San Diego cruise industry suffers due to COVID-19 pandemic
SAN DIEGO — San Diego’s once bustling cruise industry is facing a huge economic hit as major lines, from Disney to Holland America, are canceling scheduled voyages well into the remainder of the year because of the still serious threat of COVID-19.
At a time when the city would normally be preparing to launch next month its fall-to-spring cruise season, the Centers for Disease Control has now extended its no-sail order through Sept. 30, while individual cruise lines have decided to take even more aggressive steps, with some deciding to nix planned sailings into mid-December.
In all, San Diego is losing 49 cruise calls accounting for 174,000 passengers, according to the Port of San Diego. In terms of passengers, that represents a nearly 40% drop in what the port had been expecting for the upcoming season. In the last couple of weeks, the numbers have been changing almost daily as cruise companies rethink their readiness to sail amid a still raging pandemic.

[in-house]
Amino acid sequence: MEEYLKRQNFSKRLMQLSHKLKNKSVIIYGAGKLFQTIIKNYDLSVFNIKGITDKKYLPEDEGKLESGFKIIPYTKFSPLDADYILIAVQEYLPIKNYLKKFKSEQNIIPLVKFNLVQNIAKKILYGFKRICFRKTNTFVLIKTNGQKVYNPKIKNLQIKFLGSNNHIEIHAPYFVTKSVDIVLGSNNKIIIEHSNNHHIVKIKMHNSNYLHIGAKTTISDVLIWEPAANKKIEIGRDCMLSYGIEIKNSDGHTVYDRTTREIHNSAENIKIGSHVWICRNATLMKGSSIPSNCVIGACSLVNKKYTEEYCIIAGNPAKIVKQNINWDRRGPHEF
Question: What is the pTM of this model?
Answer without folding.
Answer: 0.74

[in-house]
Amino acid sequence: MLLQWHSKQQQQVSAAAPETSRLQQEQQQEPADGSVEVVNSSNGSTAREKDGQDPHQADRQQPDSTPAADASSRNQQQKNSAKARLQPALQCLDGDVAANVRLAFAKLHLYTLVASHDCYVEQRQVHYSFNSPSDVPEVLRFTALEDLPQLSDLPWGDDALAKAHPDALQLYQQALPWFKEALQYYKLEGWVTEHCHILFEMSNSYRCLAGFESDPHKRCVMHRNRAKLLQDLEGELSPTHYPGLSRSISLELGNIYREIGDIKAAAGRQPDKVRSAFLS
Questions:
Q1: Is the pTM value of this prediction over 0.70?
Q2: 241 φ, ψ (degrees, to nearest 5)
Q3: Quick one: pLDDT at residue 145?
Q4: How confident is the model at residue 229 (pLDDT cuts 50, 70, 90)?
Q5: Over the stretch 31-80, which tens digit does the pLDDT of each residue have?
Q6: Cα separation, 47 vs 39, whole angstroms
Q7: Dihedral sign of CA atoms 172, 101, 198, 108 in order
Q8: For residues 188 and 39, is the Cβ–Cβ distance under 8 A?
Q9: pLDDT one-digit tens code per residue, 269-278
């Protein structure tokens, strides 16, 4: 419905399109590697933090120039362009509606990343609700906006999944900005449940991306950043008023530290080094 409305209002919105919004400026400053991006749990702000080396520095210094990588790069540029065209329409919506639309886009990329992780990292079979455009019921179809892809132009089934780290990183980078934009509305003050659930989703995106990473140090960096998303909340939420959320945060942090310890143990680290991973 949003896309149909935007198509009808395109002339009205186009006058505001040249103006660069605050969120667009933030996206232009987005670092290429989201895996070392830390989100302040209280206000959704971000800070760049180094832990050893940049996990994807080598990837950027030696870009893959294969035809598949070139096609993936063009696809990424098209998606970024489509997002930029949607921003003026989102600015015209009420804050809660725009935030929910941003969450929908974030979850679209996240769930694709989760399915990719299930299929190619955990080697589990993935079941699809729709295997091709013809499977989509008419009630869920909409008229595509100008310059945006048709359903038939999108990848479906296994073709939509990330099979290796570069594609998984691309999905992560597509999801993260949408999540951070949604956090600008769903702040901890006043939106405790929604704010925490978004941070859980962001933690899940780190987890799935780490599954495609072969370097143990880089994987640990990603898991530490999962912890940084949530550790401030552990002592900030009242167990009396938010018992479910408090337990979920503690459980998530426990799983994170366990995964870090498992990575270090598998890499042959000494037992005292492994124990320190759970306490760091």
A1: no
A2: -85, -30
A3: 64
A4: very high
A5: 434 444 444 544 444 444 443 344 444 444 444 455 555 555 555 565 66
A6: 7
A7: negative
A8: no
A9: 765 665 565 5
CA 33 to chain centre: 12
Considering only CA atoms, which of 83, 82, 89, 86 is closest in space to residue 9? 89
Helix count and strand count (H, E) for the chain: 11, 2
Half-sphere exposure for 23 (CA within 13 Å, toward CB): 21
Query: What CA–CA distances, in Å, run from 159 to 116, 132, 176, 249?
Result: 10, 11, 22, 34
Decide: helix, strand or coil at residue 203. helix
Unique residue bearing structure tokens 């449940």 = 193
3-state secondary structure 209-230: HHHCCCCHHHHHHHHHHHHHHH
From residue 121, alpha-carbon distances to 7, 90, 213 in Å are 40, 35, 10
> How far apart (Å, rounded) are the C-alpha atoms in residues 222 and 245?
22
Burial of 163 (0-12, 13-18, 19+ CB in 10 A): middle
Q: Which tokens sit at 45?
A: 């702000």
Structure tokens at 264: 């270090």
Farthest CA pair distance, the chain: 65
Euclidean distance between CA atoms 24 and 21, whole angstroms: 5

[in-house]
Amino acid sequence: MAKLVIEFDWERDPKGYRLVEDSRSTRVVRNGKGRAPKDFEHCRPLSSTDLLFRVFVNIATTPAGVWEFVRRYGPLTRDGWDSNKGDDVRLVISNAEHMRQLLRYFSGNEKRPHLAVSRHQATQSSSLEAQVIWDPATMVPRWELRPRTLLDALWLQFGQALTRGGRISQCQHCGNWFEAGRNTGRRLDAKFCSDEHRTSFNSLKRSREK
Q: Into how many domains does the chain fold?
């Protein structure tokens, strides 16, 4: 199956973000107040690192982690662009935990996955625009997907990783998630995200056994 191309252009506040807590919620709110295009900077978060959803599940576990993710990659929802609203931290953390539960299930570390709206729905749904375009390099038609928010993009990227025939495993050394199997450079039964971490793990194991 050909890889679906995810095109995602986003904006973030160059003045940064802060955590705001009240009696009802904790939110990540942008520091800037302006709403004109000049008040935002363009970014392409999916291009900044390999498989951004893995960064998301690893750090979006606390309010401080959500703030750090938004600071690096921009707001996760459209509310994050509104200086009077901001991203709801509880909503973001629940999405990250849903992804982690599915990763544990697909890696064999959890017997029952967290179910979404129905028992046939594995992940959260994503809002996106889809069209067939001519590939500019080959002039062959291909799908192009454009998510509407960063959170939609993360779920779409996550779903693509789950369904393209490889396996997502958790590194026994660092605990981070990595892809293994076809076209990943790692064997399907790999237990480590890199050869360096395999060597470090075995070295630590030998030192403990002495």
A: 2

Before the arrival of the novel coronavirus, there were some 137 scheduled cruise calls locally and an expected passenger count of 450,00 between September and May of next year — the highest in a decade after San Diego began rebuilding its badling slumping cruise industry post-recession.
In normal times, the arrival and departure of cruise ships from the piers on San Diego bay are a boon to local tourism, with passengers staying overnight in hotels and frequenting local restaurants, shops and attractions.
With the cancellation of nearly 50 cruise calls, the estimated hit to San Diego’s economy is US$79 million, port officials say. That’s on top of the more than US$50 million economic blow the county suffered earlier this year when cruises were canceled toward the tail end of the 2019-20 cruise season that ended in May.
Source: Your Sun